There is a right to take water, subject to the conditions on the deeds, from the tank located within the wood.
The purchasers should satisfy themselves as to the details of these rights within the conveyancing process.
The standard woodlands.co.uk covenant does not apply to this wood.
The large amount of growing timber could be sustainably harvested as a domestic wood fuel source, the hard standing area would facilitate the stacking of timber prior to removal.
For the conservation-minded; additional planting, especially of understory species would improve biodiversity and encourage an even greater variety of wildlife to flourish.
An overnight camping stay is an attractive proposition, facilitating wildlife watching at the prime times of dusk and dawn.
Local area and history
The foot of Pinkerton Hill saw one of the most important battles in Oliver Cromwells rise to political power. General Leslie, who was camped on the nearby Doon Hill, was drawn into battle in support of Charles II. The defeat of his forces in the battle of Dunbar left the gateway to Edinburgh open for Cromwell to exploit.
Today, all that remains is a monument to the battle on the road to the nearby White Sands beaches.
A large proportion of the surrounding agriculture is set aside for the purpose of growing those Scottish staples for porridge and whisky. Several of the local farms contain their own maltery for local production.
With its charming waterfront, Dunbar is well-furnished with accommodation and local facilities.
The boundaries of the wood are as shown on the detail map below.
The boundary between point C and D on the map is not marked on the ground. It is however the continuation of the hedge line to the west of the wood i.e. from point E to point D.
The title plan will be to scale and will show the boundary more accurately.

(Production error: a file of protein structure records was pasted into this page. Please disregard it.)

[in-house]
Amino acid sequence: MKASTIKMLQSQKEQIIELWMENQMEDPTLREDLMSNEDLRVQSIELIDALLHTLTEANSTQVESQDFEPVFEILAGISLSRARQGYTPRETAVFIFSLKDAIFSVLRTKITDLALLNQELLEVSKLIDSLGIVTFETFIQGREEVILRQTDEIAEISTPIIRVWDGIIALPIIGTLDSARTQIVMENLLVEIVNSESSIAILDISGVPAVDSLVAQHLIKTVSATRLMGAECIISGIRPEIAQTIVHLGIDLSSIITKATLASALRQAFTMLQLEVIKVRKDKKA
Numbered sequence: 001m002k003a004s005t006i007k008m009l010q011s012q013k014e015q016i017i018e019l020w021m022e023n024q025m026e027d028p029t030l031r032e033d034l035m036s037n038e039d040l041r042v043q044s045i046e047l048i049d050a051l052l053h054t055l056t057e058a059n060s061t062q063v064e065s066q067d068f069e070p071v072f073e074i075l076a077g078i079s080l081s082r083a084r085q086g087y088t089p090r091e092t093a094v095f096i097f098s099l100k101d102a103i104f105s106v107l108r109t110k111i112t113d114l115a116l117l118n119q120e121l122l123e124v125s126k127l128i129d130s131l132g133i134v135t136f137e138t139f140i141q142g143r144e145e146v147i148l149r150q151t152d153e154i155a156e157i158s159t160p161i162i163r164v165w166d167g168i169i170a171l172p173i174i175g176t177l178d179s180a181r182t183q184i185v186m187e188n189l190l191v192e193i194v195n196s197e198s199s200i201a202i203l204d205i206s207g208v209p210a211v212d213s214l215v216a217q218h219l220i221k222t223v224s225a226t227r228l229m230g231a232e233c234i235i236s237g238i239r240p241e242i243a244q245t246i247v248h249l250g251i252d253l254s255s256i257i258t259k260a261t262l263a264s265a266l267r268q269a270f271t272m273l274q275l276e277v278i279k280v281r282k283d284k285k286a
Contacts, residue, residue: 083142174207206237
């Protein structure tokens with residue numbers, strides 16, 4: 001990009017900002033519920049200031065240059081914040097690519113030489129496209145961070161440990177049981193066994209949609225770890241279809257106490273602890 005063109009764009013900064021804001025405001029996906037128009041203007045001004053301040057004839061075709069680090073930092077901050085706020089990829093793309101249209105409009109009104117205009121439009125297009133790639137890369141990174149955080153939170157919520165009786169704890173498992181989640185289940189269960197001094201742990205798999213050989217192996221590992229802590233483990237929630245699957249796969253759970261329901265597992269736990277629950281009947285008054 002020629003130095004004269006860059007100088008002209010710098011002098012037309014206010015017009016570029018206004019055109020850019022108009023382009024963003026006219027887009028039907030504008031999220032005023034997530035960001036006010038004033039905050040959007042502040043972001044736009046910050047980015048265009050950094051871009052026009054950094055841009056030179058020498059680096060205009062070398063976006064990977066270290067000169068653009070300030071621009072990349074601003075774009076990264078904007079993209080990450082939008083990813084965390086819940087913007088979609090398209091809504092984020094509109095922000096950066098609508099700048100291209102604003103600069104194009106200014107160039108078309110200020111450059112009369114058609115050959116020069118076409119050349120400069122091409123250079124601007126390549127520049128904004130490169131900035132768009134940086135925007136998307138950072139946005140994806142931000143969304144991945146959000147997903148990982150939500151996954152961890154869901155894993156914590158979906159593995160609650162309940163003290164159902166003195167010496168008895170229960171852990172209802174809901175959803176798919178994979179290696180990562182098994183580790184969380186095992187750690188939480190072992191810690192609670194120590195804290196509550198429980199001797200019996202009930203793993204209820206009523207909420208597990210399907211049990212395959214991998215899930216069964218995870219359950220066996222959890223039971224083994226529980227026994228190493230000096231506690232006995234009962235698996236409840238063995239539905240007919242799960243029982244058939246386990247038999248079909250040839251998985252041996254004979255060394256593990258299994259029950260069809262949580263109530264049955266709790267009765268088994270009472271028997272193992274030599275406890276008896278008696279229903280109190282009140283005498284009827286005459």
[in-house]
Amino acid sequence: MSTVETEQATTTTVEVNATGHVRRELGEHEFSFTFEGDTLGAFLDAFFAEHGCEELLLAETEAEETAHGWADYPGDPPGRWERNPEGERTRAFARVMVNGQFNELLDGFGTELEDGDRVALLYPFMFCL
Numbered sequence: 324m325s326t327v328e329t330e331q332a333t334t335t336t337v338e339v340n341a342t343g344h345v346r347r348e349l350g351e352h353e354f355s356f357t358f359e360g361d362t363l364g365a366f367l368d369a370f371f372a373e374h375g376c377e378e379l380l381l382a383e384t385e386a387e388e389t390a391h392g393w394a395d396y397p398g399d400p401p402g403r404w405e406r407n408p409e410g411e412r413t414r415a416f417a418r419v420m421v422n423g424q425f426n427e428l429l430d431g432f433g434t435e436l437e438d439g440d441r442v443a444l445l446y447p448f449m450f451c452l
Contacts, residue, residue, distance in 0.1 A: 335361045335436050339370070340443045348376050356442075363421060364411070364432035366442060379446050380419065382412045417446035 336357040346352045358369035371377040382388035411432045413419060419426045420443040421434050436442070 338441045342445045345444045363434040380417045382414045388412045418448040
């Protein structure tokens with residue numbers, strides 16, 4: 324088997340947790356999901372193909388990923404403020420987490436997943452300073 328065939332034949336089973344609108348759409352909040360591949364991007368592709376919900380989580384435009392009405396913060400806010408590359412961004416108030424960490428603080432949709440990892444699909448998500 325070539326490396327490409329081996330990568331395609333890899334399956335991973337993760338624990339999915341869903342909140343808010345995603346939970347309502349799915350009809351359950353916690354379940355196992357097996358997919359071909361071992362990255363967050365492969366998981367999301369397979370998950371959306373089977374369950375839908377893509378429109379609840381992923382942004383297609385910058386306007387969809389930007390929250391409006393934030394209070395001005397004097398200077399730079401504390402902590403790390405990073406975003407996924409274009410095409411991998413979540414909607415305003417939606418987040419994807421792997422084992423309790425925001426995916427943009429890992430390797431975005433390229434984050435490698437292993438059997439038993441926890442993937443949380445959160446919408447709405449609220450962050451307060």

Find this wood
This wood is now sold, please do not visit the wood without the permission of the owner.
- OS Landranger: OS No. 67
- Grid ref: NT 693 750
- Nearest post code: EH42 1RX
- GPS coordinates: 55.9673, -2.49301
Pinkerton Hill Wood is about 30 miles east of Edinburgh and 3 miles from Dunbar.
Satnav/GPS note; the postcode EH42 1RX is for the point shown by the red dot on the location map. Coordinates for gate is N 55 : 96 : 81 & W 2 : 49 : 36
Click here for Directions From Bing Maps enter your own postcode, (Pinkerton Hill Wood coordinates are already entered) and click on the blue "Get Directions" box. This will take you to the parking area by the entrance.
Or follow our directions;
- From the A1 take the first right turning after the A1087 turning, signposted 'Little Pinkerton, West Meikle, East Meikle and Doon Hill'.
- Take the first right signposted Doon Hill.
- The road turns sharp left and the tarmac ends but there is a good hard track up the hill to the second wood on the left.
- Please park off the track in the gated entranceway and proceed on foot.
Our regional managers are often out working in our woodlands, so if you email an offer and want to be sure it has been received, please phone our manager on their mobile phone. The first offer at the stated price which is accepted, whether by phone or email, has priority.
Please take care when viewing as the great outdoors can contain unexpected hazards and woodlands are no exception. You should exercise common sense and caution, such as wearing appropriate footwear and avoiding visiting during high winds.
These particulars are for guidance only and, though believed to be correct, do not form part of any contract.